Trump has few followers as election claims grow increasingly absurd: The Note

The TAKE with Rick Klein

The claims have become more outlandish. The silence – even from former President Donald Trump’s staunchest supporters – has become more visible.

It should no longer be surprising that after he or his candidate has lost an election, Trump amplifies false and easily discredited fraud allegations. He did it in 2012 when Mitt Romney lost but Trump didn’t buy him, again in early 2016 when Senator Ted Cruz beat him in the Iowa caucuses, and even after he won. the presidency but lost the popular vote.

But unlike his false claims about the 2020 election, his most recent insinuations of voter fraud are almost entirely ignored. It happened in Pennsylvania, where Trump-endorsed Mehmet Oz did not take Trump’s advice to declare victory before all votes were counted in the Senate race and a recount is underway with Oz. always in the lead.

Now comes Georgia, where Trump-backed candidates were eliminated in the most publicized competitive primaries last week. Trump circulated a blog entry on Tuesday citing as “obvious fraud” the fact that Gov. Brian Kemp won nearly 74% of the vote in the GOP primary – since “it doesn’t happen” that the candidates win so so unbalanced. (In fact, many incumbents win primaries by that margin or more.)

Former President Donald Trump arrives to speak at a rally in Casper, Wyo., May 28, 2022.

Strange Chet/Getty Images

Hardly anyone is following Trump’s lead on this. Former Sen. David Perdue conceded on election night — “we trust the people of Georgia,” he said — and the counties certified the vote count without incident on Tuesday.

Even Rep. Jody Hice, the Trump-backed election-denying candidate for secretary of state, conceded his race and called for Republican unity — even though his opponent most likely avoided a runoff solely because the Democrats crossed over and voted in the Republican primary, according to the Associated Press.

Surely one thing that makes these claims harder for some Republicans to swallow is that, for the most part, these are Republican votes that Trump is baselessly suggesting weren’t properly cast or counted.

For some Republicans and many Democrats, there may be another lesson to be learned from the primary season beyond the fact that some Trump candidates are losing. Also losing the idea that tackling non-existent voter fraud — and possibly undermining GOP participation in the process — is a winning concept for Republicans going forward.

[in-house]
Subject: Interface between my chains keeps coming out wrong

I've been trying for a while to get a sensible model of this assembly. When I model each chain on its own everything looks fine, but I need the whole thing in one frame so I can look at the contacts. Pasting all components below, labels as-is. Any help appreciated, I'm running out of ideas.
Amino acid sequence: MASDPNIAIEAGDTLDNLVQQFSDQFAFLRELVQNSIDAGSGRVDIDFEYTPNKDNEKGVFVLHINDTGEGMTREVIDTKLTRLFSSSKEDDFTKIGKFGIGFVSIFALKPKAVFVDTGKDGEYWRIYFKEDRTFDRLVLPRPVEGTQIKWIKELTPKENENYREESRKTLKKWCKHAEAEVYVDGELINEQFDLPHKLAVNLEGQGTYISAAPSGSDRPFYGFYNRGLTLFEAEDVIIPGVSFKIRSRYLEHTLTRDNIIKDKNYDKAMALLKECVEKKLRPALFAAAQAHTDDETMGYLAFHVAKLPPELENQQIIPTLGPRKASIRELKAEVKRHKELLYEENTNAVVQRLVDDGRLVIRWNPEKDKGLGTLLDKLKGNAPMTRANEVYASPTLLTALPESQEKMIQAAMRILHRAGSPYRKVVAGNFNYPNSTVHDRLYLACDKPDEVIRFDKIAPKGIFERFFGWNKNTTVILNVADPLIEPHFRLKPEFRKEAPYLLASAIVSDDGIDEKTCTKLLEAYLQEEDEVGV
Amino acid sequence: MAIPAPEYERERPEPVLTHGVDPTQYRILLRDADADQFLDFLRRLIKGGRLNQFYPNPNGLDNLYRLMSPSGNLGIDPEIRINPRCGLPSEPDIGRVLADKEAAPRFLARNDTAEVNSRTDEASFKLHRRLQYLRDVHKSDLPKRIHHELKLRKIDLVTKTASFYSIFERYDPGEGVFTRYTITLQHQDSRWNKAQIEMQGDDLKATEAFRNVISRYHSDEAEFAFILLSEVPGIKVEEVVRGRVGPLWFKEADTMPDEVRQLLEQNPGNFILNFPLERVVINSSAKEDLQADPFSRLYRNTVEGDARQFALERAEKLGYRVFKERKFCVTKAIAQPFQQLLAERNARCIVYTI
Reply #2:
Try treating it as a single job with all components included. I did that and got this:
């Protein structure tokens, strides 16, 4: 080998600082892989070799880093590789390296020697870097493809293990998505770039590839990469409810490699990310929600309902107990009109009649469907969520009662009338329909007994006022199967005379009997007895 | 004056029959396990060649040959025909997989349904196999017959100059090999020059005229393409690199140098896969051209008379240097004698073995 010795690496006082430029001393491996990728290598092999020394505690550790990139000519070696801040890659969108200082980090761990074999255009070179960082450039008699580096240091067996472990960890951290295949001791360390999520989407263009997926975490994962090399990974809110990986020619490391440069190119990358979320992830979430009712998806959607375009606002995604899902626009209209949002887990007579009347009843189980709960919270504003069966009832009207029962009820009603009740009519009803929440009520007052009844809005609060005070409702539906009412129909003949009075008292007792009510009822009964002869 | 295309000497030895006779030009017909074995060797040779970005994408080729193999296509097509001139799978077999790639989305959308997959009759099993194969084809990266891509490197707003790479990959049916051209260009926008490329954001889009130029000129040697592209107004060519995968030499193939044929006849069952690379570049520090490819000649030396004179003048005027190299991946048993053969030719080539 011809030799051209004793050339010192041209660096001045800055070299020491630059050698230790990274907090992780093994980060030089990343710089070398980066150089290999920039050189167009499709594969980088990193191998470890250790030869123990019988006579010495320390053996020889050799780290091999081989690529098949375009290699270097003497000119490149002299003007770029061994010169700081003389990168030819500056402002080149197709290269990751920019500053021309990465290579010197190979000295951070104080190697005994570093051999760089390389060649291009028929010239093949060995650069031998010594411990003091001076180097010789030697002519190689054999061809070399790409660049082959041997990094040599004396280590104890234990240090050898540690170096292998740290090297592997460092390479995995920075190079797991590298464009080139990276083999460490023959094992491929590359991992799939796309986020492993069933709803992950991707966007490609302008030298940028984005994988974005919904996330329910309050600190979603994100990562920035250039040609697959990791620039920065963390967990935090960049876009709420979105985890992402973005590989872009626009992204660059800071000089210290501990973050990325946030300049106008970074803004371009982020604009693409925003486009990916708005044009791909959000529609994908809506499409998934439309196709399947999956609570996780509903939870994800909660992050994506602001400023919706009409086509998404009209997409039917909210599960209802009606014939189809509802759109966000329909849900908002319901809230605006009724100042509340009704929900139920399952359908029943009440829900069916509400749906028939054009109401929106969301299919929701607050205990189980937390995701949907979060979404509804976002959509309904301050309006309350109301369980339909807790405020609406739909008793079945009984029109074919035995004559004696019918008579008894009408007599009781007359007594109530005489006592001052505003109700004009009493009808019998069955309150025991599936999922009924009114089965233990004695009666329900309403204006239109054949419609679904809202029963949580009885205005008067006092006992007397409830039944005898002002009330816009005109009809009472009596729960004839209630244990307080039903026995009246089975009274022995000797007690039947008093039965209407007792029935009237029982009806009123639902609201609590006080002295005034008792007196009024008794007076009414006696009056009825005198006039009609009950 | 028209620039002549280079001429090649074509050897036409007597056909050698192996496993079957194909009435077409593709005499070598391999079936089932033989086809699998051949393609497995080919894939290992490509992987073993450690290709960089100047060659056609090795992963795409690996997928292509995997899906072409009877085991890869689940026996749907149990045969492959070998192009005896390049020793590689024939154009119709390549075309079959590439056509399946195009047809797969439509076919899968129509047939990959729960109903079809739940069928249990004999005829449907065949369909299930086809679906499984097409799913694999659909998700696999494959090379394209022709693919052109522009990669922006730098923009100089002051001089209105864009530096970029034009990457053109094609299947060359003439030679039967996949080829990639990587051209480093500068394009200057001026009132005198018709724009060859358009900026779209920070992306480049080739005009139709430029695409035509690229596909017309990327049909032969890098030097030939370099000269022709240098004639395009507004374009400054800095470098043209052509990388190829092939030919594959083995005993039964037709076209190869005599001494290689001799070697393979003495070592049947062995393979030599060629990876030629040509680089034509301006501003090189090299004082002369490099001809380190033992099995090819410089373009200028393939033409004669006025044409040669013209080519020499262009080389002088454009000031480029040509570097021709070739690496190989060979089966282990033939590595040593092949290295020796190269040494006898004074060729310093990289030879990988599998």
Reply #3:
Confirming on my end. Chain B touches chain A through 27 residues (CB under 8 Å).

The RUNDOWN with Alisa Wiersema

Legal developments continue to unfold against the backdrop of Pennsylvania’s Republican primary recount, which officials must complete in less than a week.

The Supreme Court has placed a temporary administrative stay on a Third Circuit ruling that undated Pennsylvania ballots must be counted in a disputed 2021 Lehigh County election, ABC News’ Devin Dwyer reports. . The court’s final decision on the case could impact this year’s high-profile GOP primary between Dr. Mehmet Oz and Dave McCormick.

The order was dropped hours after a Pennsylvania Commonwealth Court hearing in which representatives of the McCormick campaign argued in favor of counting undated ballots that were received by the required deadline. in this year’s primary elections, based on the Third Circuit’s decision.

PICTURED: Republican Party candidate for U.S. Senate David McCormick speaks to supporters during election night in Pittsburgh, Pennsylvania May 17, 2022.

Republican Party candidate for U.S. Senate David McCormick speaks to supporters during election night in Pittsburgh, Pennsylvania, May 17, 2022.

Quinn Glabicki/Reuters, FILE

“The date that counts is the date on which [the ballot] was received, not the date the voter indicated on the envelope,” said McCormick campaign attorney Ron Hicks.

Lawyers representing the Oz campaign and the Republican National Committee respectively argued that a decision should be put on hold until the recount is complete and undated ballots are not counted, as was the case according to state law when expressed.